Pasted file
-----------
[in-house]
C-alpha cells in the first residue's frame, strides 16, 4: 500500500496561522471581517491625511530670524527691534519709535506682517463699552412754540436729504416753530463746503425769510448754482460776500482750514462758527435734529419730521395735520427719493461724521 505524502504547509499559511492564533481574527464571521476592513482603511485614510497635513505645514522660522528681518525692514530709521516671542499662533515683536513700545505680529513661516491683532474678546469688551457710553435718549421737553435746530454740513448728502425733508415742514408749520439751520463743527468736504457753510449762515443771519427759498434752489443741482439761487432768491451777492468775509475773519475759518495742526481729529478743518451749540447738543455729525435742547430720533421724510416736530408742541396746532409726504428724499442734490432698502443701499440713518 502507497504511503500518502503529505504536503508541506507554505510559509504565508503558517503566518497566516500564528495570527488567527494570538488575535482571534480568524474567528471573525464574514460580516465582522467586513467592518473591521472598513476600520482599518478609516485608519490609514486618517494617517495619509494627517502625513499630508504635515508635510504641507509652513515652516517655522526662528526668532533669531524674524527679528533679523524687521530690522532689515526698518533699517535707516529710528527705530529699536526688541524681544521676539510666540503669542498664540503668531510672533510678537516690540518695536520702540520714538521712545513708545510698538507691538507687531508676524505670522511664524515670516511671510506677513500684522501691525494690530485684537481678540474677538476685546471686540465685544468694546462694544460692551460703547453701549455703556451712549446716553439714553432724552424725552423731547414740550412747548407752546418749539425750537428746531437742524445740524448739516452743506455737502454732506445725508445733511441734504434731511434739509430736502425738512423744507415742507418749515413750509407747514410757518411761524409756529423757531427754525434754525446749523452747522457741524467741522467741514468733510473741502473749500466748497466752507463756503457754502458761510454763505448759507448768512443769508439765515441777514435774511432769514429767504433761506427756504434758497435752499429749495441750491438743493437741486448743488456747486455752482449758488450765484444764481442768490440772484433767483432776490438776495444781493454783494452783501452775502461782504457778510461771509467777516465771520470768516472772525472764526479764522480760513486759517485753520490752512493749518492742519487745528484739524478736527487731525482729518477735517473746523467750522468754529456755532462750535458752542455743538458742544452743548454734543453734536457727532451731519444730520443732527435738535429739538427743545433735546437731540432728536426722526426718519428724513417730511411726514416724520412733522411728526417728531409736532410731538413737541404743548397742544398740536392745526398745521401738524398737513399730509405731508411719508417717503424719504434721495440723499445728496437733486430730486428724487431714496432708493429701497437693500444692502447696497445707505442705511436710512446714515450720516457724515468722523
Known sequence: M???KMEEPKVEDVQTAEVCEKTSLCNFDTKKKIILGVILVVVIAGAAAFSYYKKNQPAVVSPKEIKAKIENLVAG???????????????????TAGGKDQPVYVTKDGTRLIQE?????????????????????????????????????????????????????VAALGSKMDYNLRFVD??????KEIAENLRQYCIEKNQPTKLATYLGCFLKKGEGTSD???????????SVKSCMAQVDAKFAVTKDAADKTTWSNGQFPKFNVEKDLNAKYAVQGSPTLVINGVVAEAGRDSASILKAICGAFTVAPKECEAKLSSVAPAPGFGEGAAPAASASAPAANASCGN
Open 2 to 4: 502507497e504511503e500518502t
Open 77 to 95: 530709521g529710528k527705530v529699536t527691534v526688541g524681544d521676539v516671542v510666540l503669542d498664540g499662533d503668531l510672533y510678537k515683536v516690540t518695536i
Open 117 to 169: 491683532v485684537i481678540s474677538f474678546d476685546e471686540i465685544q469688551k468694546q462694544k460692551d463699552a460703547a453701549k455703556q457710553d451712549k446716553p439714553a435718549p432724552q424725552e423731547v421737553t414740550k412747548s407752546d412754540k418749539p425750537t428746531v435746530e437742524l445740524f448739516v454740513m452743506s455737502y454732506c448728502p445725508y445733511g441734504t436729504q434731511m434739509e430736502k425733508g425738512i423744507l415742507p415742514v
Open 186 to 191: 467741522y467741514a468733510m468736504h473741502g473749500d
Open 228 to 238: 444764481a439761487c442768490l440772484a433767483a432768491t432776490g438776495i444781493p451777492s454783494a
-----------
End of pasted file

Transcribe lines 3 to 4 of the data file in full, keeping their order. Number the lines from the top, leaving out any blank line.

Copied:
Known sequence: M???KMEEPKVEDVQTAEVCEKTSLCNFDTKKKIILGVILVVVIAGAAAFSYYKKNQPAVVSPKEIKAKIENLVAG???????????????????TAGGKDQPVYVTKDGTRLIQE?????????????????????????????????????????????????????VAALGSKMDYNLRFVD??????KEIAENLRQYCIEKNQPTKLATYLGCFLKKGEGTSD???????????SVKSCMAQVDAKFAVTKDAADKTTWSNGQFPKFNVEKDLNAKYAVQGSPTLVINGVVAEAGRDSASILKAICGAFTVAPKECEAKLSSVAPAPGFGEGAAPAASASAPAANASCGN
Open 2 to 4: 502507497e504511503e500518502t